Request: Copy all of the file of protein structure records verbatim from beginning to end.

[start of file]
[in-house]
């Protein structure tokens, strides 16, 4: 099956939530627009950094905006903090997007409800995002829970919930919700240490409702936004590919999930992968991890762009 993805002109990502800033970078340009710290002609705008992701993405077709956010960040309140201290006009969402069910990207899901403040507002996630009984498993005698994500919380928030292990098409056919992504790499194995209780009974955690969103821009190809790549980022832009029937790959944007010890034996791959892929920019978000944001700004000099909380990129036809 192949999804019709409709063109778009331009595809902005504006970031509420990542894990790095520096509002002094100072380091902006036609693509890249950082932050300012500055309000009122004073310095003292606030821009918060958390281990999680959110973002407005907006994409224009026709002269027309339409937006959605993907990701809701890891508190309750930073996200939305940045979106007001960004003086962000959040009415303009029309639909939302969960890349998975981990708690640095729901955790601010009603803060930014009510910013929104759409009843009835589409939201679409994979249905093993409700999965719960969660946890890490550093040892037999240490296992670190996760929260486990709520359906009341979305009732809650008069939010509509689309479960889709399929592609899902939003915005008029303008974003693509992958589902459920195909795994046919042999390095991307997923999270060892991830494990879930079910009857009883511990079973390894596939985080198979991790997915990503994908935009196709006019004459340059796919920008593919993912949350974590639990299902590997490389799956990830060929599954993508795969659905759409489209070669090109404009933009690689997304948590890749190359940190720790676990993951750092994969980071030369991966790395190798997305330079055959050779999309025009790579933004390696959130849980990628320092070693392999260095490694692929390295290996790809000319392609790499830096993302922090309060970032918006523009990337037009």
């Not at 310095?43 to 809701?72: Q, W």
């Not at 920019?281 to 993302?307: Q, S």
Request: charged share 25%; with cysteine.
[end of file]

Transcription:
[in-house]
């Protein structure tokens, strides 16, 4: 099956939530627009950094905006903090997007409800995002829970919930919700240490409702936004590919999930992968991890762009 993805002109990502800033970078340009710290002609705008992701993405077709956010960040309140201290006009969402069910990207899901403040507002996630009984498993005698994500919380928030292990098409056919992504790499194995209780009974955690969103821009190809790549980022832009029937790959944007010890034996791959892929920019978000944001700004000099909380990129036809 192949999804019709409709063109778009331009595809902005504006970031509420990542894990790095520096509002002094100072380091902006036609693509890249950082932050300012500055309000009122004073310095003292606030821009918060958390281990999680959110973002407005907006994409224009026709002269027309339409937006959605993907990701809701890891508190309750930073996200939305940045979106007001960004003086962000959040009415303009029309639909939302969960890349998975981990708690640095729901955790601010009603803060930014009510910013929104759409009843009835589409939201679409994979249905093993409700999965719960969660946890890490550093040892037999240490296992670190996760929260486990709520359906009341979305009732809650008069939010509509689309479960889709399929592609899902939003915005008029303008974003693509992958589902459920195909795994046919042999390095991307997923999270060892991830494990879930079910009857009883511990079973390894596939985080198979991790997915990503994908935009196709006019004459340059796919920008593919993912949350974590639990299902590997490389799956990830060929599954993508795969659905759409489209070669090109404009933009690689997304948590890749190359940190720790676990993951750092994969980071030369991966790395190798997305330079055959050779999309025009790579933004390696959130849980990628320092070693392999260095490694692929390295290996790809000319392609790499830096993302922090309060970032918006523009990337037009």
């Not at 310095?43 to 809701?72: Q, W």
């Not at 920019?281 to 993302?307: Q, S």
Request: charged share 25%; with cysteine.